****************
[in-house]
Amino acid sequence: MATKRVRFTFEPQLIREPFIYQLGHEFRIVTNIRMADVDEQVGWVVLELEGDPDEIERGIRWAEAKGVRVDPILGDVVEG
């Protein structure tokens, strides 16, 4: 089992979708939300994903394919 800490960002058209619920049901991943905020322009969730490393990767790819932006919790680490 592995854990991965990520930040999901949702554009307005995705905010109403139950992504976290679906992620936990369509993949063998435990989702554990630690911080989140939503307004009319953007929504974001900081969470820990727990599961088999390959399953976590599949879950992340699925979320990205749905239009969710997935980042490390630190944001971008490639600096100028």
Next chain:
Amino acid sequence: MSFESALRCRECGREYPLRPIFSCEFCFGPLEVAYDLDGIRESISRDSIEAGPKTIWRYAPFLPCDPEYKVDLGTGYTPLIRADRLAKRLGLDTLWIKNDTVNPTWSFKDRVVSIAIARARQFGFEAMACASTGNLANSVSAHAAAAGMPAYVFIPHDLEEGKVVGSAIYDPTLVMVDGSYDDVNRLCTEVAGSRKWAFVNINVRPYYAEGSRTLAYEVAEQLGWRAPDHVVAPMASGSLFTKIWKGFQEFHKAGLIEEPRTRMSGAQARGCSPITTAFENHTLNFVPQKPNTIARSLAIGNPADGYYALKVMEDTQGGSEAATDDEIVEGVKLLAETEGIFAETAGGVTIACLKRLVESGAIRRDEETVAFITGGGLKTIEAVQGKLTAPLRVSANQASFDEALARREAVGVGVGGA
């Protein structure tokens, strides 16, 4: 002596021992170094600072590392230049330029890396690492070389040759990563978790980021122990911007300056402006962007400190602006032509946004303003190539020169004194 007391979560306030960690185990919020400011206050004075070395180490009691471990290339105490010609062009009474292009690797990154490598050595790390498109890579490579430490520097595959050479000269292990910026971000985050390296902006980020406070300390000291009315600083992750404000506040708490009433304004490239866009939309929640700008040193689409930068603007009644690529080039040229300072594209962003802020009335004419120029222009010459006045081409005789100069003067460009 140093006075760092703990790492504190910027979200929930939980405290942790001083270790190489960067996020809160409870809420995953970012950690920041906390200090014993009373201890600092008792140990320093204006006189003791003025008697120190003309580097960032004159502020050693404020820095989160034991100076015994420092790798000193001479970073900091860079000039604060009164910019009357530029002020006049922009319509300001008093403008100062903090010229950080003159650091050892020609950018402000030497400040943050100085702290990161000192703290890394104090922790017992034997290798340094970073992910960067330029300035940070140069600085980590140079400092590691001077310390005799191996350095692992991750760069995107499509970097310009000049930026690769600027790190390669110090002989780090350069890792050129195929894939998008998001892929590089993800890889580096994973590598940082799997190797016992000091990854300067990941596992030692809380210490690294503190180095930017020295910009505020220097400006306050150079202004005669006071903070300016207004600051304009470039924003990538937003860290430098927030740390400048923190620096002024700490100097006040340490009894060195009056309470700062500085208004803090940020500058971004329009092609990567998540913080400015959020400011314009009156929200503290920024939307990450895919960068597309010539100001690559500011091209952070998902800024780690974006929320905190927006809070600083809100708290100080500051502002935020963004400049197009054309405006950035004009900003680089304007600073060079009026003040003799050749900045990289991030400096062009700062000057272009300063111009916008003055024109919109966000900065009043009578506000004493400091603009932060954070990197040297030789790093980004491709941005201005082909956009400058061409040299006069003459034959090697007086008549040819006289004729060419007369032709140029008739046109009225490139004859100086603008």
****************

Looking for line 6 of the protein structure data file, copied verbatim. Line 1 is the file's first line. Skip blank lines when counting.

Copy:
């Protein structure tokens, strides 16, 4: 002596021992170094600072590392230049330029890396690492070389040759990563978790980021122990911007300056402006962007400190602006032509946004303003190539020169004194 007391979560306030960690185990919020400011206050004075070395180490009691471990290339105490010609062009009474292009690797990154490598050595790390498109890579490579430490520097595959050479000269292990910026971000985050390296902006980020406070300390000291009315600083992750404000506040708490009433304004490239866009939309929640700008040193689409930068603007009644690529080039040229300072594209962003802020009335004419120029222009010459006045081409005789100069003067460009 140093006075760092703990790492504190910027979200929930939980405290942790001083270790190489960067996020809160409870809420995953970012950690920041906390200090014993009373201890600092008792140990320093204006006189003791003025008697120190003309580097960032004159502020050693404020820095989160034991100076015994420092790798000193001479970073900091860079000039604060009164910019009357530029002020006049922009319509300001008093403008100062903090010229950080003159650091050892020609950018402000030497400040943050100085702290990161000192703290890394104090922790017992034997290798340094970073992910960067330029300035940070140069600085980590140079400092590691001077310390005799191996350095692992991750760069995107499509970097310009000049930026690769600027790190390669110090002989780090350069890792050129195929894939998008998001892929590089993800890889580096994973590598940082799997190797016992000091990854300067990941596992030692809380210490690294503190180095930017020295910009505020220097400006306050150079202004005669006071903070300016207004600051304009470039924003990538937003860290430098927030740390400048923190620096002024700490100097006040340490009894060195009056309470700062500085208004803090940020500058971004329009092609990567998540913080400015959020400011314009009156929200503290920024939307990450895919960068597309010539100001690559500011091209952070998902800024780690974006929320905190927006809070600083809100708290100080500051502002935020963004400049197009054309405006950035004009900003680089304007600073060079009026003040003799050749900045990289991030400096062009700062000057272009300063111009916008003055024109919109966000900065009043009578506000004493400091603009932060954070990197040297030789790093980004491709941005201005082909956009400058061409040299006069003459034959090697007086008549040819006289004729060419007369032709140029008739046109009225490139004859100086603008």